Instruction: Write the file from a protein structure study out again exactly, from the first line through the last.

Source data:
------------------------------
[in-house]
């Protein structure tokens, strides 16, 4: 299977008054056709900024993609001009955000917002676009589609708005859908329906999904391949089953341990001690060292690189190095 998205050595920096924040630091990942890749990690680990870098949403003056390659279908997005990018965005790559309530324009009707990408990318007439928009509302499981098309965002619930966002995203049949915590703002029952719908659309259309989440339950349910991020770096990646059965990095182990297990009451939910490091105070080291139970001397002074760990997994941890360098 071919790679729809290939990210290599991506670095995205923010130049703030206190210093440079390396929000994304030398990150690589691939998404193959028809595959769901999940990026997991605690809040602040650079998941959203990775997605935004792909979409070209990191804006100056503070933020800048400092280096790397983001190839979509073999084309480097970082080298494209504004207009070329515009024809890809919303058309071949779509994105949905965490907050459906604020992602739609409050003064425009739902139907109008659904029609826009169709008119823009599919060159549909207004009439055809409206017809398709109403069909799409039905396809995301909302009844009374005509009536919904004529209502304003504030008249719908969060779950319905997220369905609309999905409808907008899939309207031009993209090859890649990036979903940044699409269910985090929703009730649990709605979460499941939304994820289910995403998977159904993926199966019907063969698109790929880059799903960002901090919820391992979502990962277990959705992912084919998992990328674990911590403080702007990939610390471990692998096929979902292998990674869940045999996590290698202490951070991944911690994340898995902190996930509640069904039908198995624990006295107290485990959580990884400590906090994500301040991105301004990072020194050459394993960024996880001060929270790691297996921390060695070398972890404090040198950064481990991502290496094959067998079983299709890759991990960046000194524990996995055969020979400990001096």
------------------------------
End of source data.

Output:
[in-house]
């Protein structure tokens, strides 16, 4: 299977008054056709900024993609001009955000917002676009589609708005859908329906999904391949089953341990001690060292690189190095 998205050595920096924040630091990942890749990690680990870098949403003056390659279908997005990018965005790559309530324009009707990408990318007439928009509302499981098309965002619930966002995203049949915590703002029952719908659309259309989440339950349910991020770096990646059965990095182990297990009451939910490091105070080291139970001397002074760990997994941890360098 071919790679729809290939990210290599991506670095995205923010130049703030206190210093440079390396929000994304030398990150690589691939998404193959028809595959769901999940990026997991605690809040602040650079998941959203990775997605935004792909979409070209990191804006100056503070933020800048400092280096790397983001190839979509073999084309480097970082080298494209504004207009070329515009024809890809919303058309071949779509994105949905965490907050459906604020992602739609409050003064425009739902139907109008659904029609826009169709008119823009599919060159549909207004009439055809409206017809398709109403069909799409039905396809995301909302009844009374005509009536919904004529209502304003504030008249719908969060779950319905997220369905609309999905409808907008899939309207031009993209090859890649990036979903940044699409269910985090929703009730649990709605979460499941939304994820289910995403998977159904993926199966019907063969698109790929880059799903960002901090919820391992979502990962277990959705992912084919998992990328674990911590403080702007990939610390471990692998096929979902292998990674869940045999996590290698202490951070991944911690994340898995902190996930509640069904039908198995624990006295107290485990959580990884400590906090994500301040991105301004990072020194050459394993960024996880001060929270790691297996921390060695070398972890404090040198950064481990991502290496094959067998079983299709890759991990960046000194524990996995055969020979400990001096």